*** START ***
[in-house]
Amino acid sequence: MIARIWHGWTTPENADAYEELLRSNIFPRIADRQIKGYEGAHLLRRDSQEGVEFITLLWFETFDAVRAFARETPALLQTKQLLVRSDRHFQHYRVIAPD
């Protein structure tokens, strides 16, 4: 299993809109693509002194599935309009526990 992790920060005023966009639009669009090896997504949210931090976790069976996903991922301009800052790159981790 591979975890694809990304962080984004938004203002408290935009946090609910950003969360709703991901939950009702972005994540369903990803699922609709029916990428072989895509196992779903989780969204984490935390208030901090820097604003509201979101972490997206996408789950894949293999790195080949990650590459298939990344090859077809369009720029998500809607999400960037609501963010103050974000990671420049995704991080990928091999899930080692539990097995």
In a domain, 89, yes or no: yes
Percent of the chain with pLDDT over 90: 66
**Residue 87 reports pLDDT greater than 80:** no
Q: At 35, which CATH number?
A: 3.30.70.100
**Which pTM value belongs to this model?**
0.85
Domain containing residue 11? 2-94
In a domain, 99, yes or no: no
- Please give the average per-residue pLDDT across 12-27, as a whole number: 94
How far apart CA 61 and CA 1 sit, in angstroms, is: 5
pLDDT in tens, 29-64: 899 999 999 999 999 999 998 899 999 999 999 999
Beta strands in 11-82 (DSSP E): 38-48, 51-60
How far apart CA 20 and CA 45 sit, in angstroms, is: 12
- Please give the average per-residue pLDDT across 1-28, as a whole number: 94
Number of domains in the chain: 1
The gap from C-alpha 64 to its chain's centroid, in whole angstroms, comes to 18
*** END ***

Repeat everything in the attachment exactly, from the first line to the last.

[in-house]
Amino acid sequence: MIARIWHGWTTPENADAYEELLRSNIFPRIADRQIKGYEGAHLLRRDSQEGVEFITLLWFETFDAVRAFARETPALLQTKQLLVRSDRHFQHYRVIAPD
């Protein structure tokens, strides 16, 4: 299993809109693509002194599935309009526990 992790920060005023966009639009669009090896997504949210931090976790069976996903991922301009800052790159981790 591979975890694809990304962080984004938004203002408290935009946090609910950003969360709703991901939950009702972005994540369903990803699922609709029916990428072989895509196992779903989780969204984490935390208030901090820097604003509201979101972490997206996408789950894949293999790195080949990650590459298939990344090859077809369009720029998500809607999400960037609501963010103050974000990671420049995704991080990928091999899930080692539990097995």
In a domain, 89, yes or no: yes
Percent of the chain with pLDDT over 90: 66
**Residue 87 reports pLDDT greater than 80:** no
Q: At 35, which CATH number?
A: 3.30.70.100
**Which pTM value belongs to this model?**
0.85
Domain containing residue 11? 2-94
In a domain, 99, yes or no: no
- Please give the average per-residue pLDDT across 12-27, as a whole number: 94
How far apart CA 61 and CA 1 sit, in angstroms, is: 5
pLDDT in tens, 29-64: 899 999 999 999 999 999 998 899 999 999 999 999
Beta strands in 11-82 (DSSP E): 38-48, 51-60
How far apart CA 20 and CA 45 sit, in angstroms, is: 12
- Please give the average per-residue pLDDT across 1-28, as a whole number: 94
Number of domains in the chain: 1
The gap from C-alpha 64 to its chain's centroid, in whole angstroms, comes to 18